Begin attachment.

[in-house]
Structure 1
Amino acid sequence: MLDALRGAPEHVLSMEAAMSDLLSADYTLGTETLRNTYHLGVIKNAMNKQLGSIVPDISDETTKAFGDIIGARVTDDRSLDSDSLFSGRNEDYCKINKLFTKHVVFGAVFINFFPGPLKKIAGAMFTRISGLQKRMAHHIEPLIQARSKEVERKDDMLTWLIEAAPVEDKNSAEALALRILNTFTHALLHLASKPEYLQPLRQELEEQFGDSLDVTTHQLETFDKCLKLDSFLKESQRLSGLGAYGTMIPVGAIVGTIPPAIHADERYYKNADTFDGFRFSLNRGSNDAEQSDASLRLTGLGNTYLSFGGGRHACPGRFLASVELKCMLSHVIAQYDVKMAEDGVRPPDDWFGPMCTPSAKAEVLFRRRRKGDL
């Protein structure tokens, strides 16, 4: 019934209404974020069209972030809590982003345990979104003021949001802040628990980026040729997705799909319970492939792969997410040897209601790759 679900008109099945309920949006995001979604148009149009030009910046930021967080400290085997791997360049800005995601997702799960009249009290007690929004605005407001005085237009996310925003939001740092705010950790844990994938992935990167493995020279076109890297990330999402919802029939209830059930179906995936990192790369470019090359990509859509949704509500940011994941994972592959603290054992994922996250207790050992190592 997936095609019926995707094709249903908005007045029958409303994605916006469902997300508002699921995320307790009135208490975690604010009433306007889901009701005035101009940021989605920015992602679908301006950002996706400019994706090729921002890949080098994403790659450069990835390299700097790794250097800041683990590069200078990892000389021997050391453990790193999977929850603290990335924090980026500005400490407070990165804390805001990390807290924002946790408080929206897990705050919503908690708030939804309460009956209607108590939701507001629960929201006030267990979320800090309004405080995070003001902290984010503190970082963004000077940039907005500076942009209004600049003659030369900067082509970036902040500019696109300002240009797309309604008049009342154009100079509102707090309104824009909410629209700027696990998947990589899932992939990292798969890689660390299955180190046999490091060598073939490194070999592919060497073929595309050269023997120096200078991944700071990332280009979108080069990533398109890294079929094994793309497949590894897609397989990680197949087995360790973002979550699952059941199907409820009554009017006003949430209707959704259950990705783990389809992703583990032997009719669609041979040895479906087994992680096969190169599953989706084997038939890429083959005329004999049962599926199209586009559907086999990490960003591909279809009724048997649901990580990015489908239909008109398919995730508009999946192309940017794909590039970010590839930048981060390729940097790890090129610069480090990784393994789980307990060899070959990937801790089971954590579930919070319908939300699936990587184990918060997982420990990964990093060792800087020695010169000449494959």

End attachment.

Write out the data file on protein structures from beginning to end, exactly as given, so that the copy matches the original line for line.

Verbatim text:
[in-house]
Structure 1
Amino acid sequence: MLDALRGAPEHVLSMEAAMSDLLSADYTLGTETLRNTYHLGVIKNAMNKQLGSIVPDISDETTKAFGDIIGARVTDDRSLDSDSLFSGRNEDYCKINKLFTKHVVFGAVFINFFPGPLKKIAGAMFTRISGLQKRMAHHIEPLIQARSKEVERKDDMLTWLIEAAPVEDKNSAEALALRILNTFTHALLHLASKPEYLQPLRQELEEQFGDSLDVTTHQLETFDKCLKLDSFLKESQRLSGLGAYGTMIPVGAIVGTIPPAIHADERYYKNADTFDGFRFSLNRGSNDAEQSDASLRLTGLGNTYLSFGGGRHACPGRFLASVELKCMLSHVIAQYDVKMAEDGVRPPDDWFGPMCTPSAKAEVLFRRRRKGDL
């Protein structure tokens, strides 16, 4: 019934209404974020069209972030809590982003345990979104003021949001802040628990980026040729997705799909319970492939792969997410040897209601790759 679900008109099945309920949006995001979604148009149009030009910046930021967080400290085997791997360049800005995601997702799960009249009290007690929004605005407001005085237009996310925003939001740092705010950790844990994938992935990167493995020279076109890297990330999402919802029939209830059930179906995936990192790369470019090359990509859509949704509500940011994941994972592959603290054992994922996250207790050992190592 997936095609019926995707094709249903908005007045029958409303994605916006469902997300508002699921995320307790009135208490975690604010009433306007889901009701005035101009940021989605920015992602679908301006950002996706400019994706090729921002890949080098994403790659450069990835390299700097790794250097800041683990590069200078990892000389021997050391453990790193999977929850603290990335924090980026500005400490407070990165804390805001990390807290924002946790408080929206897990705050919503908690708030939804309460009956209607108590939701507001629960929201006030267990979320800090309004405080995070003001902290984010503190970082963004000077940039907005500076942009209004600049003659030369900067082509970036902040500019696109300002240009797309309604008049009342154009100079509102707090309104824009909410629209700027696990998947990589899932992939990292798969890689660390299955180190046999490091060598073939490194070999592919060497073929595309050269023997120096200078991944700071990332280009979108080069990533398109890294079929094994793309497949590894897609397989990680197949087995360790973002979550699952059941199907409820009554009017006003949430209707959704259950990705783990389809992703583990032997009719669609041979040895479906087994992680096969190169599953989706084997038939890429083959005329004999049962599926199209586009559907086999990490960003591909279809009724048997649901990580990015489908239909008109398919995730508009999946192309940017794909590039970010590839930048981060390729940097790890090129610069480090990784393994789980307990060899070959990937801790089971954590579930919070319908939300699936990587184990918060997982420990990964990093060792800087020695010169000449494959």